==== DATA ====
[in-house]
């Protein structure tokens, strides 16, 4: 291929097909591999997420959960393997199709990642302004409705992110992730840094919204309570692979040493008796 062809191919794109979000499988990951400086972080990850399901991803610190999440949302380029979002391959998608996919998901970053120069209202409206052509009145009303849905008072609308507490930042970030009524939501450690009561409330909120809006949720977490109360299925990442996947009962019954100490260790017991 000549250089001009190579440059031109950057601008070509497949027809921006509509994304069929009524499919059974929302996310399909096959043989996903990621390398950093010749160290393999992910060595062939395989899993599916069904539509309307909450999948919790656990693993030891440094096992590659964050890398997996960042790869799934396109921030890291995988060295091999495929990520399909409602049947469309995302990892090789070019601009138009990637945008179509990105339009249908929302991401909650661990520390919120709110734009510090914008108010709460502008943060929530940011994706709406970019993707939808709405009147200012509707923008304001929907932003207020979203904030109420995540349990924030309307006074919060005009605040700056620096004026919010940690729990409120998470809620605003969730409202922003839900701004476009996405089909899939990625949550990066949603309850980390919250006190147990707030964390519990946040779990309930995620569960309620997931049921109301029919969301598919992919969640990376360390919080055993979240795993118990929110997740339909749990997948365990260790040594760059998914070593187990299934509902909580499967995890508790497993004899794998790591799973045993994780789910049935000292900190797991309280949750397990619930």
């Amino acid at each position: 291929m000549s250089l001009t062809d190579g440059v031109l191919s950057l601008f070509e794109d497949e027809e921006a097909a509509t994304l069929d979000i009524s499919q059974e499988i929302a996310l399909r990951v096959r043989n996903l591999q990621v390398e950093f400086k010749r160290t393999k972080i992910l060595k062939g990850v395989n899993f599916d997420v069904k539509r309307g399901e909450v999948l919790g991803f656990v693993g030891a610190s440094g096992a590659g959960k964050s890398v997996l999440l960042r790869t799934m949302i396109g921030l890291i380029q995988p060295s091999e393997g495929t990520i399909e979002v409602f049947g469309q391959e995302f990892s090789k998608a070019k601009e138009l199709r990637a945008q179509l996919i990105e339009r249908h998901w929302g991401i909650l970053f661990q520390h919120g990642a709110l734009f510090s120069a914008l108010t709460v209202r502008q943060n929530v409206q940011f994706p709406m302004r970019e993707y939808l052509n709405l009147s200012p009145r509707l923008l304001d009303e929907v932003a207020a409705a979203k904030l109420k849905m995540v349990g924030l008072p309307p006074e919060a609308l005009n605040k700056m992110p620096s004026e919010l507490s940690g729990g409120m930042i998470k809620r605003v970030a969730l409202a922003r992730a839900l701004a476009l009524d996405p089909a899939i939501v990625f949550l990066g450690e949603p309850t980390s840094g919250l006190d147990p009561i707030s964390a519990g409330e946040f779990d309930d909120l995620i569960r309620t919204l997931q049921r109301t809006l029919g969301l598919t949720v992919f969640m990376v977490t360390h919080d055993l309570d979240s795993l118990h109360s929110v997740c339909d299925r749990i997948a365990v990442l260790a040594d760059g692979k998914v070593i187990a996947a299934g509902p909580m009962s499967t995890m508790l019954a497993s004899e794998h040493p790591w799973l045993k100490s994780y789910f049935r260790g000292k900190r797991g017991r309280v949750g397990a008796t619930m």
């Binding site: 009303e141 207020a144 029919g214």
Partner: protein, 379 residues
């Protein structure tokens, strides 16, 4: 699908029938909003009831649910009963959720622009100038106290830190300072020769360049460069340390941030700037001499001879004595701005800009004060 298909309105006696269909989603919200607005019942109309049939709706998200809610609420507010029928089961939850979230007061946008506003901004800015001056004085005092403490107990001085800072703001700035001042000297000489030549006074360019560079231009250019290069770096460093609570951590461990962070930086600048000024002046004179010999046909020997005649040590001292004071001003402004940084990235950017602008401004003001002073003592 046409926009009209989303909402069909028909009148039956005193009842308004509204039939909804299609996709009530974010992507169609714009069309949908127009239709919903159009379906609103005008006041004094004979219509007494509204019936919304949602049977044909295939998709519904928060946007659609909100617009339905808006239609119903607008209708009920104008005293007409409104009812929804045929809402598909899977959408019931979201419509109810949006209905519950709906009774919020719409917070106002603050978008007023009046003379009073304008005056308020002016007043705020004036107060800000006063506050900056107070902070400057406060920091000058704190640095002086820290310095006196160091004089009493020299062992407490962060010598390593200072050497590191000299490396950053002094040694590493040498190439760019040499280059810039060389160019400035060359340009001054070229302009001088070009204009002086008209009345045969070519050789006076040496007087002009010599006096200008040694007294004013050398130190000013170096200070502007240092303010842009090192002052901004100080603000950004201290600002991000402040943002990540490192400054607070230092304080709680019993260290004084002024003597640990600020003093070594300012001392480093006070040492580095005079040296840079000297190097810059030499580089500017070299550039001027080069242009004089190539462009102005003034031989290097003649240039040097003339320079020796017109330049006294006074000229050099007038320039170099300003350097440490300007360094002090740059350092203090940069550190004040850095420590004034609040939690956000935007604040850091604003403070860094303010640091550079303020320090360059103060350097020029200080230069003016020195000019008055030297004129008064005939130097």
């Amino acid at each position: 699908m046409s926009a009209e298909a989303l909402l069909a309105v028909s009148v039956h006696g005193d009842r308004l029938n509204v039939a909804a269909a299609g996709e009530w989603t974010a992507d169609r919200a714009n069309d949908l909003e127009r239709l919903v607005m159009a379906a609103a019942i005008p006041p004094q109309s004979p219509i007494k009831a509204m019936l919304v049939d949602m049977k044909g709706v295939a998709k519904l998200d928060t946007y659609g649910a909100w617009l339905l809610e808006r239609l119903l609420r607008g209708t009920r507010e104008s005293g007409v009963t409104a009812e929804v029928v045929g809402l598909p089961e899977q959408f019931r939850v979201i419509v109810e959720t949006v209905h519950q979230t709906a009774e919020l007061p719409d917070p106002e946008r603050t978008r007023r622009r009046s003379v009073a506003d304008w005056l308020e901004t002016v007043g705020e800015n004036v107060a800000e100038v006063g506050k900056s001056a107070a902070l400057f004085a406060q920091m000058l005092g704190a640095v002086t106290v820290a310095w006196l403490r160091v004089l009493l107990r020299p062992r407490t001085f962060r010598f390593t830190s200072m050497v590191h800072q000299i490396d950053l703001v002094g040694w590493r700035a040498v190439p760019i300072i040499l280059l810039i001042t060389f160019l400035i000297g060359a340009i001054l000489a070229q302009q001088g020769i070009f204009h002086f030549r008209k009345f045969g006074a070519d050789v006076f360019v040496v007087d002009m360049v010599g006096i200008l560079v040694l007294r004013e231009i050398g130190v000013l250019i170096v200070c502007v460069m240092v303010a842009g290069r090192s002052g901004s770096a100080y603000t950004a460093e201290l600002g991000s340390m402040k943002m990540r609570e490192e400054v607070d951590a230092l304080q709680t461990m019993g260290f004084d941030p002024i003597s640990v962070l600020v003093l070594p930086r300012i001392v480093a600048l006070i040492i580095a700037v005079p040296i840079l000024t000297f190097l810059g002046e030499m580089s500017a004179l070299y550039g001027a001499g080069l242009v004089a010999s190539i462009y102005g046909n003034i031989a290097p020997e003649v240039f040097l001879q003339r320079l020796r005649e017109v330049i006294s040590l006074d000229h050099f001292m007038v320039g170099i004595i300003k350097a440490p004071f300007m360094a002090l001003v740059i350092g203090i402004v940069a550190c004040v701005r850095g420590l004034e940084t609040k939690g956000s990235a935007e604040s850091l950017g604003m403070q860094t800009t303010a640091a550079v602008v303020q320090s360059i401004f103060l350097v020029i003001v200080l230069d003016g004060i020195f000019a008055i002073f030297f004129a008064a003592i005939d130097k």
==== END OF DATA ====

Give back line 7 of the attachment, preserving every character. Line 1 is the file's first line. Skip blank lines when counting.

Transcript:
């Amino acid at each position: 699908m046409s926009a009209e298909a989303l909402l069909a309105v028909s009148v039956h006696g005193d009842r308004l029938n509204v039939a909804a269909a299609g996709e009530w989603t974010a992507d169609r919200a714009n069309d949908l909003e127009r239709l919903v607005m159009a379906a609103a019942i005008p006041p004094q109309s004979p219509i007494k009831a509204m019936l919304v049939d949602m049977k044909g709706v295939a998709k519904l998200d928060t946007y659609g649910a909100w617009l339905l809610e808006r239609l119903l609420r607008g209708t009920r507010e104008s005293g007409v009963t409104a009812e929804v029928v045929g809402l598909p089961e899977q959408f019931r939850v979201i419509v109810e959720t949006v209905h519950q979230t709906a009774e919020l007061p719409d917070p106002e946008r603050t978008r007023r622009r009046s003379v009073a506003d304008w005056l308020e901004t002016v007043g705020e800015n004036v107060a800000e100038v006063g506050k900056s001056a107070a902070l400057f004085a406060q920091m000058l005092g704190a640095v002086t106290v820290a310095w006196l403490r160091v004089l009493l107990r020299p062992r407490t001085f962060r010598f390593t830190s200072m050497v590191h800072q000299i490396d950053l703001v002094g040694w590493r700035a040498v190439p760019i300072i040499l280059l810039i001042t060389f160019l400035i000297g060359a340009i001054l000489a070229q302009q001088g020769i070009f204009h002086f030549r008209k009345f045969g006074a070519d050789v006076f360019v040496v007087d002009m360049v010599g006096i200008l560079v040694l007294r004013e231009i050398g130190v000013l250019i170096v200070c502007v460069m240092v303010a842009g290069r090192s002052g901004s770096a100080y603000t950004a460093e201290l600002g991000s340390m402040k943002m990540r609570e490192e400054v607070d951590a230092l304080q709680t461990m019993g260290f004084d941030p002024i003597s640990v962070l600020v003093l070594p930086r300012i001392v480093a600048l006070i040492i580095a700037v005079p040296i840079l000024t000297f190097l810059g002046e030499m580089s500017a004179l070299y550039g001027a001499g080069l242009v004089a010999s190539i462009y102005g046909n003034i031989a290097p020997e003649v240039f040097l001879q003339r320079l020796r005649e017109v330049i006294s040590l006074d000229h050099f001292m007038v320039g170099i004595i300003k350097a440490p004071f300007m360094a002090l001003v740059i350092g203090i402004v940069a550190c004040v701005r850095g420590l004034e940084t609040k939690g956000s990235a935007e604040s850091l950017g604003m403070q860094t800009t303010a640091a550079v602008v303020q320090s360059i401004f103060l350097v020029i003001v200080l230069d003016g004060i020195f000019a008055i002073f030297f004129a008064a003592i005939d130097k």